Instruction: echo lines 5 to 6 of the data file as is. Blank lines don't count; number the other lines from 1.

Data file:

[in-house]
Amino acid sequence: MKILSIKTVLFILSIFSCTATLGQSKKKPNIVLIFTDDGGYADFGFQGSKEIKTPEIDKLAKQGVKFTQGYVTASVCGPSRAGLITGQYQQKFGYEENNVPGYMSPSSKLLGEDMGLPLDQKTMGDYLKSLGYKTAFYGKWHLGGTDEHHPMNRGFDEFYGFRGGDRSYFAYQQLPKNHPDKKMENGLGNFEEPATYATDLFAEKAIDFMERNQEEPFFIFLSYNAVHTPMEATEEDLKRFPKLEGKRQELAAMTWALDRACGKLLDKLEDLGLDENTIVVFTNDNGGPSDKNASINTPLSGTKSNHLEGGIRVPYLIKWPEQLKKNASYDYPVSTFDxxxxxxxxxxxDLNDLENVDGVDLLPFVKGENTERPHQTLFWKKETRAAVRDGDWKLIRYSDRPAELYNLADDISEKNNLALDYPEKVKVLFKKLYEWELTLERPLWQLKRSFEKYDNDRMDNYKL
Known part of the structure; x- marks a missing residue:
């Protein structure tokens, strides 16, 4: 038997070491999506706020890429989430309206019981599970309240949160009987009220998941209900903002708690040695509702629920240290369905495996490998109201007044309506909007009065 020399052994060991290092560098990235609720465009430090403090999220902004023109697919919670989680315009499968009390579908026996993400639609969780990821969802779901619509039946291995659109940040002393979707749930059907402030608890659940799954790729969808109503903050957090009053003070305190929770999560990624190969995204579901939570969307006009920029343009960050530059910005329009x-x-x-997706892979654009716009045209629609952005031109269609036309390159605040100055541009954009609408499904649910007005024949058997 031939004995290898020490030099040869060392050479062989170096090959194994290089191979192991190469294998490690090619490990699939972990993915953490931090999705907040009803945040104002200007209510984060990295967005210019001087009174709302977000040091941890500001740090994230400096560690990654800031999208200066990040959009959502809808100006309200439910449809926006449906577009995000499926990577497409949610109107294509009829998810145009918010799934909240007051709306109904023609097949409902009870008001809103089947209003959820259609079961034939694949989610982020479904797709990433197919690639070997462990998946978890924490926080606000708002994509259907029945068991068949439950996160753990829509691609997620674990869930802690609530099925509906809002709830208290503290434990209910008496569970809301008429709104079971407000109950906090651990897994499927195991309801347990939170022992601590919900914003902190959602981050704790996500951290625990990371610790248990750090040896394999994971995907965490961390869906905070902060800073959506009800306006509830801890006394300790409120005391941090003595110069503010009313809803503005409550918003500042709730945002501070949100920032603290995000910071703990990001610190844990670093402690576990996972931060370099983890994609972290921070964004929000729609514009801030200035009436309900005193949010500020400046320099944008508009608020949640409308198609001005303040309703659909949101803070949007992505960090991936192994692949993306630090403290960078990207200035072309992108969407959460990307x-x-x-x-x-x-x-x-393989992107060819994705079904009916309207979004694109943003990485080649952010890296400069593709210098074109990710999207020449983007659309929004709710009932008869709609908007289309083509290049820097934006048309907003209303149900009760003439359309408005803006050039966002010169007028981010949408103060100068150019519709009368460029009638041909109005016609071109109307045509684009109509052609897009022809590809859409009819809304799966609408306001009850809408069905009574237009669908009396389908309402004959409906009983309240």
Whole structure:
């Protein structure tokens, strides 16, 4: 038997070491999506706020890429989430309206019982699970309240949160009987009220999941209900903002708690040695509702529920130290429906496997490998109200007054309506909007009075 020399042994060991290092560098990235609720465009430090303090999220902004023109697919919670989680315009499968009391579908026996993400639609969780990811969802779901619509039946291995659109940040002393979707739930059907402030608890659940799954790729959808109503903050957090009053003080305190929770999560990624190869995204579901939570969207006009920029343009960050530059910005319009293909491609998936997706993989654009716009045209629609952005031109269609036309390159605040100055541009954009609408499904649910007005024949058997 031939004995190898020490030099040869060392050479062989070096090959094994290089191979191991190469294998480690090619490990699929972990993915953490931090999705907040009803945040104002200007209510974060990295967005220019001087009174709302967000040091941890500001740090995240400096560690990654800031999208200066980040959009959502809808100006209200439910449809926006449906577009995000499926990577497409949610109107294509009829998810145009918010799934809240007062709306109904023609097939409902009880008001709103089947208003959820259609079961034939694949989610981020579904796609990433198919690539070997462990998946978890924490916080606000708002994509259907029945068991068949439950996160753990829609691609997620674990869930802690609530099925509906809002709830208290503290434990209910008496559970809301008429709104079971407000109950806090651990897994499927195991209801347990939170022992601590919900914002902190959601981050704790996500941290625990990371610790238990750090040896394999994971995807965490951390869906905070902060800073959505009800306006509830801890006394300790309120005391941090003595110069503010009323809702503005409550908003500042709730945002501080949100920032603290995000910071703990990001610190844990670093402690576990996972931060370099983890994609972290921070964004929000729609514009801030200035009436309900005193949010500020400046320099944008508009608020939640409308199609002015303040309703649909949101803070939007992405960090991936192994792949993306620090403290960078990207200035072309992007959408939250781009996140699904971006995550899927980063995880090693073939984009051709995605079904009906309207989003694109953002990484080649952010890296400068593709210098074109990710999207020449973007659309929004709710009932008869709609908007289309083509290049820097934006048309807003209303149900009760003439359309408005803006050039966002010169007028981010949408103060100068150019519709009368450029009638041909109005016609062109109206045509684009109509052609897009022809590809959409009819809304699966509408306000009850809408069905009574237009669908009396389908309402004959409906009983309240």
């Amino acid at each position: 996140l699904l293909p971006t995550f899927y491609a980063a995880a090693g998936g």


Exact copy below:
Whole structure:
């Protein structure tokens, strides 16, 4: 038997070491999506706020890429989430309206019982699970309240949160009987009220999941209900903002708690040695509702529920130290429906496997490998109200007054309506909007009075 020399042994060991290092560098990235609720465009430090303090999220902004023109697919919670989680315009499968009391579908026996993400639609969780990811969802779901619509039946291995659109940040002393979707739930059907402030608890659940799954790729959808109503903050957090009053003080305190929770999560990624190869995204579901939570969207006009920029343009960050530059910005319009293909491609998936997706993989654009716009045209629609952005031109269609036309390159605040100055541009954009609408499904649910007005024949058997 031939004995190898020490030099040869060392050479062989070096090959094994290089191979191991190469294998480690090619490990699929972990993915953490931090999705907040009803945040104002200007209510974060990295967005220019001087009174709302967000040091941890500001740090995240400096560690990654800031999208200066980040959009959502809808100006209200439910449809926006449906577009995000499926990577497409949610109107294509009829998810145009918010799934809240007062709306109904023609097939409902009880008001709103089947208003959820259609079961034939694949989610981020579904796609990433198919690539070997462990998946978890924490916080606000708002994509259907029945068991068949439950996160753990829609691609997620674990869930802690609530099925509906809002709830208290503290434990209910008496559970809301008429709104079971407000109950806090651990897994499927195991209801347990939170022992601590919900914002902190959601981050704790996500941290625990990371610790238990750090040896394999994971995807965490951390869906905070902060800073959505009800306006509830801890006394300790309120005391941090003595110069503010009323809702503005409550908003500042709730945002501080949100920032603290995000910071703990990001610190844990670093402690576990996972931060370099983890994609972290921070964004929000729609514009801030200035009436309900005193949010500020400046320099944008508009608020939640409308199609002015303040309703649909949101803070939007992405960090991936192994792949993306620090403290960078990207200035072309992007959408939250781009996140699904971006995550899927980063995880090693073939984009051709995605079904009906309207989003694109953002990484080649952010890296400068593709210098074109990710999207020449973007659309929004709710009932008869709609908007289309083509290049820097934006048309807003209303149900009760003439359309408005803006050039966002010169007028981010949408103060100068150019519709009368450029009638041909109005016609062109109206045509684009109509052609897009022809590809959409009819809304699966509408306000009850809408069905009574237009669908009396389908309402004959409906009983309240």